9 August 2022

‘Grow Waikato’: Mayoral hopefuls take a stand on city issues

Mayoral hopefuls take a stand on city issues, state their vision

Mayoral hopefuls with Jamie Strange(L) & in backdrop is the MP as a child (Pic: NewsViews)

Gurbir Singh

By Gurbir Singh:

Hamilton’s mayoral hopefuls yesterday provided an insight into what they stood for on various issues the city is facing and shared their vision for the future.

The ‘Grow Waikato’ event to meet mayoral candidates was hosted by Hamilton’s Labour List MP, Jamie Strange. Six of the eight mayoral contenders who participated were: Andrew King, Angela O’Leary, James Casson, Lisa Lewis, Louise Hutt and Paula Southgate.

Mike West and John Gielen were invited, but could not make it.

Among those present was Margaret Evans who was Hamilton’s Mayor from 1989 to 1998, a few former councillors, and some other candidates who are currently in the race for a seat on the Council.

The audience got the opportunity not only to listen to their future leaders, but also see the childhood photos of four Mayoral candidates- Angela O’Leary, Andrew King, Lisa Lewis and Louise Hut.

Childhood photos of Mayor Andrew King & Louise Hutt (Photos: Supplied)

Casson’s childhood photo was missing as “mum ripped the camera”, but he shared one proudly adorning the police uniform while serving overseas.

Paula Southgate was apologetic about not sharing her childhood photo, but was happy to show how she looked 18 years back when “I first embarked on local govt.”

Six years-old Angela O’Leary (L) & 8-years-old Lisa Lewis (photos: supplied)

Host Jamie Strange kept his promise of keeping the event ‘short & sharp’, and the interactive questions from him and from the floor subsequently kept the meeting lively.

As usual, each candidate pitched for two minutes their achievements, vision, and why community should vote for them to be the city’s next Mayor.

This was followed by a set of three questions put to each of the mayoral candidate, to be answered in 30 seconds.

A loud round of applause from the front row indicated the allotted time was up – which was taken by some as an acknowledgement of how good they spoke, all in good humour though.

In line with the ‘Grow Waikato’ theme, the main focus of the questions was on the economic growth happening here.

Your Vote counts

The questions asked were: ‘What are your plans to attract & support business’, ‘How will you balance residential density with green fields development (keeping in mind the shortage of 4000 houses in the city)’, and ‘What are the key drivers of economic growth & how will you promote these key drivers’?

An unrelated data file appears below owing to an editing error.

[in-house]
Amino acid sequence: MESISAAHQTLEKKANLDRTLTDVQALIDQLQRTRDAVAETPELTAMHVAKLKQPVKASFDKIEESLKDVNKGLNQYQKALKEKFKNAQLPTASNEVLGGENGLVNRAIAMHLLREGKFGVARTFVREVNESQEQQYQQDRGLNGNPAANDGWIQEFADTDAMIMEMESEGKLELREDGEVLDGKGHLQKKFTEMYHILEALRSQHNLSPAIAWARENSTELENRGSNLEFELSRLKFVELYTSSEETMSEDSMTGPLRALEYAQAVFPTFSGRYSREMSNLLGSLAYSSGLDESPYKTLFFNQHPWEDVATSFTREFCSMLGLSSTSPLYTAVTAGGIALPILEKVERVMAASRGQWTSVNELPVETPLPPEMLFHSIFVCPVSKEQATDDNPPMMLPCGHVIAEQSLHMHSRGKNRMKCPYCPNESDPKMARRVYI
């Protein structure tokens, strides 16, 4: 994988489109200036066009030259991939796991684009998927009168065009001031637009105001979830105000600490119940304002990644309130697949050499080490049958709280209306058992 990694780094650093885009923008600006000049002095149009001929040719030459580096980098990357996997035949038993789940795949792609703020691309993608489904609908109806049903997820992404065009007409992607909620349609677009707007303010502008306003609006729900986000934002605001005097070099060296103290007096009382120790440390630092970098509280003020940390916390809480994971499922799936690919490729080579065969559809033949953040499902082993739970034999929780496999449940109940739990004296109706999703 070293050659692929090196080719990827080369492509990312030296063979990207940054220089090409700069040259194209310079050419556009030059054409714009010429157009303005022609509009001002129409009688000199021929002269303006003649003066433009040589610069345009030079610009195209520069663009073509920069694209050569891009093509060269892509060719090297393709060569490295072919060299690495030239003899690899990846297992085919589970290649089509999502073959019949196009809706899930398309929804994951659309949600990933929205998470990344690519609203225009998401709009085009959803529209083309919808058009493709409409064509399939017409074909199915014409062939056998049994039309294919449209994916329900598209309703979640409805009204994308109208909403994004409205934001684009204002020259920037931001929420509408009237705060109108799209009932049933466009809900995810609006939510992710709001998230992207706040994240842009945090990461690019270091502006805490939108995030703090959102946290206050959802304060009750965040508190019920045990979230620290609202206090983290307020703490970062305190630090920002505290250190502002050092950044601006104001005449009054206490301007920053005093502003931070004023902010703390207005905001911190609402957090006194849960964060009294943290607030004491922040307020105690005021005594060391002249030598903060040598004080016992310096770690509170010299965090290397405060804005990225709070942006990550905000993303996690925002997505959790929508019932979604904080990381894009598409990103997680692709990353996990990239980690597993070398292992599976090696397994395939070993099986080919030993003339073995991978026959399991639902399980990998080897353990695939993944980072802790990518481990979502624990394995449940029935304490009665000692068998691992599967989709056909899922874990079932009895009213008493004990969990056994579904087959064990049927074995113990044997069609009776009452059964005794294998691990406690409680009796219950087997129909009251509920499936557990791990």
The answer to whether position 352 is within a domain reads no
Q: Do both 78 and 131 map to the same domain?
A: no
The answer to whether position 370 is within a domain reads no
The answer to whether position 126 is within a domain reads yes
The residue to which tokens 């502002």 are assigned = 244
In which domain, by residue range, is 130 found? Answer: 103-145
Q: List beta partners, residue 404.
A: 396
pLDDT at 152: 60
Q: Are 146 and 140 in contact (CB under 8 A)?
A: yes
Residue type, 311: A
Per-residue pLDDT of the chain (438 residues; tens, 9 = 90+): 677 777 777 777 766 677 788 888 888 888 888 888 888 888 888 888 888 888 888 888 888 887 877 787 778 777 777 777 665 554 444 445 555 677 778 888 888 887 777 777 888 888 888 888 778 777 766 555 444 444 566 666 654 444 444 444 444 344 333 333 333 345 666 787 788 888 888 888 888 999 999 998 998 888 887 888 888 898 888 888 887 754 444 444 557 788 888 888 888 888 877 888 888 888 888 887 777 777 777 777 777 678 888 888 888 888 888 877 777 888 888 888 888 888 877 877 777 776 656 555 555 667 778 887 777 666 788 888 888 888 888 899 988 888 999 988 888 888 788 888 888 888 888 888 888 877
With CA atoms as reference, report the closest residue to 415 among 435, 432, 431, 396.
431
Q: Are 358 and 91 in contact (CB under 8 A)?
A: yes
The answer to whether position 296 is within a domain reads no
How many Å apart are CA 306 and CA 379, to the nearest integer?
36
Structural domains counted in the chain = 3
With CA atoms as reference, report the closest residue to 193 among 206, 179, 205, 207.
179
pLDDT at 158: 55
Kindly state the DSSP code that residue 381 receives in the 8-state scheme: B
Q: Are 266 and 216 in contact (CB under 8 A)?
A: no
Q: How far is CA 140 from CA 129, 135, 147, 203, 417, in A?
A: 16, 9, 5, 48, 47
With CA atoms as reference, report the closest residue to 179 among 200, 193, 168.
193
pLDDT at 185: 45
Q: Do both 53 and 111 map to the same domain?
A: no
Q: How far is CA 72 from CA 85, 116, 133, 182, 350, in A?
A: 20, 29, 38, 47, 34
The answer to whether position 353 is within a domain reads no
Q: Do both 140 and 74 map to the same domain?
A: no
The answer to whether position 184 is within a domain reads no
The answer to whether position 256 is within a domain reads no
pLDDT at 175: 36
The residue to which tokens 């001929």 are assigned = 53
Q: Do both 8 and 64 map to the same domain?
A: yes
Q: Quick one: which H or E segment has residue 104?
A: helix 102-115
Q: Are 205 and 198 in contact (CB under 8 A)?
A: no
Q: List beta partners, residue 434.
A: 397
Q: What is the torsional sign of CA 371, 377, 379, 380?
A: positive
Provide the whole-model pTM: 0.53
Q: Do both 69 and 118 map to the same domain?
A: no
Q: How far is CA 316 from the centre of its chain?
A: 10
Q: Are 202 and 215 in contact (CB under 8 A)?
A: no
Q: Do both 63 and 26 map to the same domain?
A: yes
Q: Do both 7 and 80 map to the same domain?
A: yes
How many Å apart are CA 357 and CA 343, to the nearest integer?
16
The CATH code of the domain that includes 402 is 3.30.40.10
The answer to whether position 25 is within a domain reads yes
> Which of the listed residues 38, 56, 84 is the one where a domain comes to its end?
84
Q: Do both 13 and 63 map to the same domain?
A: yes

Subsequently, candidates answered a few more questions put to them from the floor.

The measured, well rehearsed answers provided an insight into what the respective mayoral candidates stood for- whether it was their vision of Hamilton’s future, growth of city, maintaining the green touch with urban growth, tourism or views relating to the prestigious Peacock development.

With barely 19 days to go before the local body elections voting closes on 12 Oct, attendance at the mayoral debates is generally thinning out.

But for the candidates, there is no respite yet. ‘Grow Waikato’ event was not the first or last for the day.

Before participating here, they had already attended an event by Te Runanga o Kirikiriroa, and Creative Waikato’s event  was next.

After revealing their position on the arts there, they were scheduled to be at the Fairfield Enderley Resilience Network’s event, before they probably hit the bed for a similar routine next morning.

In spite of the daily grueling schedules of ‘meet the candidates’ events spread all over the city, the exhaustion does not show on their faces.

They continue to hop from one venue to the other, and like Angela O’Leary says, “It’s 23, 25 or more, I’ve lost count”.

NewsViews asked some of these mayoral aspirants present if they felt exhausted, and none of them admitted.

O’Leary said she is in fact enjoying meeting people daily and did a bit of gardening on Sunday at home.

Casson echoed a similar view. “I’ve always worked hard. In fact, over one day this weekend, I would’ve trekked nearly 40kms door knocking around the city.”

Space for Advertisement

Mayor King felt no different, “I’m used to doing 90 hours work a week,” he commented.

Over the period, hopefully events like ‘Grow Waikato’ would have surely helped voters by now to make up their mind.

With ballot papers already arriving daily in the letter boxes across the city, it’s time to cast votes and seal the future of these mayoral and councillor candidates.